Acoustic Horn Design – The Easy Way (Ath4)

There's one detail I omitted in the previous simulations of the isolated suspension - the edge of the compression cavity also should have an excursion as the filler would be changing its shape a bit. It doesn't make much difference though, and if then for the better.

As it seems, for this uniformly driven cavity even a one-slot phase plug could perhaps suffice? (Still, completely ignoring the modes of the diaphragm itself.)

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I should think that the ideal would be an open cell foam with a density of say 70-90 PPI which would provide for high damping as well as fill the cavity. This could dampen the entire cavity.

This kind of foam cannot be molded or placed and cured (because of how it's made.) You would have to buy blocks of it and cut it, which would not be a trivial effort.
 
This wouldn't be complicated shape, just a thin flat layer (~ 1 mm) would be fine I guess. This would then be cut and squeezed in the cavity. At least this is how I would do it. I wouldn't cut a spherical shape - that would really not be a trivial effort!

Although I have this cutter so with some well thought out jig even a spherical surface might not be impossible. For straight cuts I have this one. Works like a charm.
 
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I should think that the ideal would be an open cell foam with a density of say 70-90 PPI which would provide for high damping as well as fill the cavity. This could dampen the entire cavity.

This kind of foam cannot be molded or placed and cured (because of how it's made.) You would have to buy blocks of it and cut it, which would not be a trivial effort.
Would there be enough absorption at the lower end of the CD passband with this foam? I know you're thinking of a higher PPI, but at ~30 you used it just to attenuate HOMs (for the most part).

I guess my other question would be, is there a frequency below which the "filler" no longer needs to act as a cavity filler, i.e. is this a higher-frequency phenomenon to address?
 
These are open cell foams readily available to me:
Code:
Bulpren S 31048	  90	440 - 520
Bulpren S 31062	  75	520 - 720
Bulpren S 28089	  60	740 - 1040
Bulpren S 28133	  45	1080 - 1580
Bulpren S 28190	  30	1650 - 2150
Bulpren S 28280	  20	2300 - 3300
Bulpren S 32450	  10	3800 - 5200

Type, nominal PPI and sizes of the cells in micrometers.

Then a hot wire works well, just know that the fumes are highly toxic. Should be no problem to setup a jig to cut such a simple and regular piece. Slice and then cut on a turntable, just like I made my foam. Yours are much smaller and need to be much more precise, but it's certainly doable. Inner circle cut is tricky though.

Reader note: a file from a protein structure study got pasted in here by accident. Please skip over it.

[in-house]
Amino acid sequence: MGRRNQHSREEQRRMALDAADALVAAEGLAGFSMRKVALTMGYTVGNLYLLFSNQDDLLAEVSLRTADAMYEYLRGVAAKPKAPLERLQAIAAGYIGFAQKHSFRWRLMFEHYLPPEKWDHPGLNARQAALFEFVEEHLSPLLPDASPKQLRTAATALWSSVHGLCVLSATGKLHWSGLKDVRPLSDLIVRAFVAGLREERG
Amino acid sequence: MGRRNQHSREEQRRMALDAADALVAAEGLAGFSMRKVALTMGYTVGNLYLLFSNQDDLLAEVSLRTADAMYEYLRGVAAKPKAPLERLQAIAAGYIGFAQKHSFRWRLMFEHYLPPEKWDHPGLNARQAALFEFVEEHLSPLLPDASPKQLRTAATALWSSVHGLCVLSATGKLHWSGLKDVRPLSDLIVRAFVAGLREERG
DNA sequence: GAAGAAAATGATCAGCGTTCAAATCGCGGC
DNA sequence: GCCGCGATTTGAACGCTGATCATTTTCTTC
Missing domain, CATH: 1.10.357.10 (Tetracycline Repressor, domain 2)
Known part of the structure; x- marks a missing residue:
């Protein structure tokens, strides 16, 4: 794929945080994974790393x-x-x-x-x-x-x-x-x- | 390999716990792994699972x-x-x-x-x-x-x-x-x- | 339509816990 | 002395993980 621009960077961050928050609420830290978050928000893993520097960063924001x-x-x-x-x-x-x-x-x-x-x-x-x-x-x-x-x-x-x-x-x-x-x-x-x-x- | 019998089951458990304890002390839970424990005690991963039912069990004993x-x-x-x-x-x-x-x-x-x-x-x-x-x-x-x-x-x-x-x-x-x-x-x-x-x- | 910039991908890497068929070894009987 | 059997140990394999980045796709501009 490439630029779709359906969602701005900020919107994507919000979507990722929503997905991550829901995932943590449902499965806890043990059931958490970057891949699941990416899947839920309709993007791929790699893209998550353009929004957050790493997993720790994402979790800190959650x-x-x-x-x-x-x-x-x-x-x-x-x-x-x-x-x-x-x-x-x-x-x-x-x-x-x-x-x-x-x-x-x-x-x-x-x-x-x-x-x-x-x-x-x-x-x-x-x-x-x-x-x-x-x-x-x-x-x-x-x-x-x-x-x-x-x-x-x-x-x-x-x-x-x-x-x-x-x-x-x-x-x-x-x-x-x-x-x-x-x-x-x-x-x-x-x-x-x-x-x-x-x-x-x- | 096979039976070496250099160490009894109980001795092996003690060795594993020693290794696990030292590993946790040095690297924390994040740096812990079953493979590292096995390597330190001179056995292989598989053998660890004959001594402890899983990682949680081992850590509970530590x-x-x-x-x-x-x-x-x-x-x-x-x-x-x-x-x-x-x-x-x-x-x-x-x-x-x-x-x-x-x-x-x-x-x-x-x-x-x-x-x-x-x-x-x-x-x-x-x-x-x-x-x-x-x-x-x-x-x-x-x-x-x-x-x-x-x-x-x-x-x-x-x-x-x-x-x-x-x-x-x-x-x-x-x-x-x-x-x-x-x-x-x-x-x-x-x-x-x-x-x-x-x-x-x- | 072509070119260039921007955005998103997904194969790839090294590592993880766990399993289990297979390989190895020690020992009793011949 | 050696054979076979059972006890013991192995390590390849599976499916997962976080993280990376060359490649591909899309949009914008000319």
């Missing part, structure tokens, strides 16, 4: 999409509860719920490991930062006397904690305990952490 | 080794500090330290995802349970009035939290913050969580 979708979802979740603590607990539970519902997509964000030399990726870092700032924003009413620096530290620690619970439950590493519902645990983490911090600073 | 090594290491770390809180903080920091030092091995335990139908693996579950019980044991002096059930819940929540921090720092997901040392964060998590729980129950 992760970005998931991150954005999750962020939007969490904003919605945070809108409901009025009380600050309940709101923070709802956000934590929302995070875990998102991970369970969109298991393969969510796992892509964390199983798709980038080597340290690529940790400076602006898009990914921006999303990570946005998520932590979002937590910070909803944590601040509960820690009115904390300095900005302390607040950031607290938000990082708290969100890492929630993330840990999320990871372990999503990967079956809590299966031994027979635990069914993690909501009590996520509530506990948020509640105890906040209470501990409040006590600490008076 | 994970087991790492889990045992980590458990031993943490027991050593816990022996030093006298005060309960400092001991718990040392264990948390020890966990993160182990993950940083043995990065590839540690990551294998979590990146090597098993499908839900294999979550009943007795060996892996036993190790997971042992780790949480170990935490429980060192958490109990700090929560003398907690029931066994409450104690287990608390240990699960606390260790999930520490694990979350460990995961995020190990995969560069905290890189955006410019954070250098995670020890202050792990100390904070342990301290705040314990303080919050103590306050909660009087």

Would there be enough absorption at the lower end of the CD passband with this foam? I know you're thinking of a higher PPI, but at ~30 you used it just to attenuate HOMs (for the most part).

I guess my other question would be, is there a frequency below which the "filler" no longer needs to act as a cavity filler, i.e. is this a higher-frequency phenomenon to address?

Tough to model perhaps as the required values are not readily available. Best would be to just try it and modify from there.
 
Then a hot wire works well, just know that the fumes are highly toxic. Should be no problem to setup a jig to cut such a simple and regular piece. Slice and then cut on a turntable, just like I made my foam. Yours are much smaller and need to be much more precise, but it's certainly doable. Inner circle cut is tricky though.
Steel tubing with a sharpened "hot end" heated with blowtorch? Only problem would be ensuring coincident centers for the inner and outer circles.
 
Maybe I misunderstood but why an inner circle? I would simply fill the whole cavity. Any sound passing the nearest exit of the phase plug should be attenuated, correct? All the radial resonances could be damped quite effectively I guess.
To make room for your diaphragm? In this context, "inner circle" refers to the opening in the foam filler ring / gasket that your diaphragm will stick out of.
 
Why would they be so much different. The foam has density and resists air flow. That's where the damping comes from. A solid is just a little more dense, but totally reflective.

Your data shows that this small area accounts for a lot of problems. With the right density of foam, I'll bet you could make a substantial difference.

Maybe your thinking of too open foam cells. That would not do much. But as the cells get smaller they begin to act more like a dense material with a slow leakage resistance.

I think that filling the whole chamber is interesting, but probably very bad on HF output.
 
Hmm, then I'm not sure I can get such dense foam because even the most dense from what I have shown seems too open. I'm tempted to try filling the entire chamber with some less dense foam. That can be tried immediately on any existing driver after all.

It appears to me that most of the "direct" sound leaving the driver travels only a short route through the structure, whereas for any resonance or delayed sound it takes a longer path, i.e. higher damping through the foam, if the foam filled the whole space. The same as for your anti-HOM foam plug. It's a matter of the right density I suppose to not to damp the "direct" response too much.
 
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The cutting is really no problem, once it is sliced off from the block which will be the tricky part as the slice would be very thin. With the right wire temperature and cutting speed that should be no problem either. I can imagine cutting the circles even with a compass with a blade attached - probably the easiest way to get the exact radius required.